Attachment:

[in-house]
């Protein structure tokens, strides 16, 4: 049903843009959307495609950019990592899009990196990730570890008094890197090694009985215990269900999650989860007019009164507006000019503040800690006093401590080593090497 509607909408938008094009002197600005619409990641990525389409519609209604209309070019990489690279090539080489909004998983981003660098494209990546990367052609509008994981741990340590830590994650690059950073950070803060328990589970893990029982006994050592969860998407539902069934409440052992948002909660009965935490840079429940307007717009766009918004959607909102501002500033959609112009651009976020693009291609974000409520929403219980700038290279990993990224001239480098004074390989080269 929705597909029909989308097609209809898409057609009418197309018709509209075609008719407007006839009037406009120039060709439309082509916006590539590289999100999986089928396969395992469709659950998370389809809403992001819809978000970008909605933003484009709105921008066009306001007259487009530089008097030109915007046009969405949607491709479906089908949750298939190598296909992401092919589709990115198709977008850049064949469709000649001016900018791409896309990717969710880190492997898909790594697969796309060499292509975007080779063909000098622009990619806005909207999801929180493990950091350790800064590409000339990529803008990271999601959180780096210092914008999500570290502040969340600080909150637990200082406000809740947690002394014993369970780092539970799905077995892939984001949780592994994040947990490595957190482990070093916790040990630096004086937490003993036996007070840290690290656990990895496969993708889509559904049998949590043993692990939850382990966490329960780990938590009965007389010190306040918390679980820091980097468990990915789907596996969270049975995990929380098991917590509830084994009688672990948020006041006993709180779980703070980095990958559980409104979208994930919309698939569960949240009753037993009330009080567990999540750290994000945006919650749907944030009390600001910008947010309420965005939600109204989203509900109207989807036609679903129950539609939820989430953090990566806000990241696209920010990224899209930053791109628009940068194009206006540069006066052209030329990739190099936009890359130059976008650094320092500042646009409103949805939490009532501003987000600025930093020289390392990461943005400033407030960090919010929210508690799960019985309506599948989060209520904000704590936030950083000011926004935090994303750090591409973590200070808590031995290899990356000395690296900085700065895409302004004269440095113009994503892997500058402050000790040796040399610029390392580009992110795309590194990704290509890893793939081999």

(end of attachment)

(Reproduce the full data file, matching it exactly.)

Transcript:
[in-house]
């Protein structure tokens, strides 16, 4: 049903843009959307495609950019990592899009990196990730570890008094890197090694009985215990269900999650989860007019009164507006000019503040800690006093401590080593090497 509607909408938008094009002197600005619409990641990525389409519609209604209309070019990489690279090539080489909004998983981003660098494209990546990367052609509008994981741990340590830590994650690059950073950070803060328990589970893990029982006994050592969860998407539902069934409440052992948002909660009965935490840079429940307007717009766009918004959607909102501002500033959609112009651009976020693009291609974000409520929403219980700038290279990993990224001239480098004074390989080269 929705597909029909989308097609209809898409057609009418197309018709509209075609008719407007006839009037406009120039060709439309082509916006590539590289999100999986089928396969395992469709659950998370389809809403992001819809978000970008909605933003484009709105921008066009306001007259487009530089008097030109915007046009969405949607491709479906089908949750298939190598296909992401092919589709990115198709977008850049064949469709000649001016900018791409896309990717969710880190492997898909790594697969796309060499292509975007080779063909000098622009990619806005909207999801929180493990950091350790800064590409000339990529803008990271999601959180780096210092914008999500570290502040969340600080909150637990200082406000809740947690002394014993369970780092539970799905077995892939984001949780592994994040947990490595957190482990070093916790040990630096004086937490003993036996007070840290690290656990990895496969993708889509559904049998949590043993692990939850382990966490329960780990938590009965007389010190306040918390679980820091980097468990990915789907596996969270049975995990929380098991917590509830084994009688672990948020006041006993709180779980703070980095990958559980409104979208994930919309698939569960949240009753037993009330009080567990999540750290994000945006919650749907944030009390600001910008947010309420965005939600109204989203509900109207989807036609679903129950539609939820989430953090990566806000990241696209920010990224899209930053791109628009940068194009206006540069006066052209030329990739190099936009890359130059976008650094320092500042646009409103949805939490009532501003987000600025930093020289390392990461943005400033407030960090919010929210508690799960019985309506599948989060209520904000704590936030950083000011926004935090994303750090591409973590200070808590031995290899990356000395690296900085700065895409302004004269440095113009994503892997500058402050000790040796040399610029390392580009992110795309590194990704290509890893793939081999």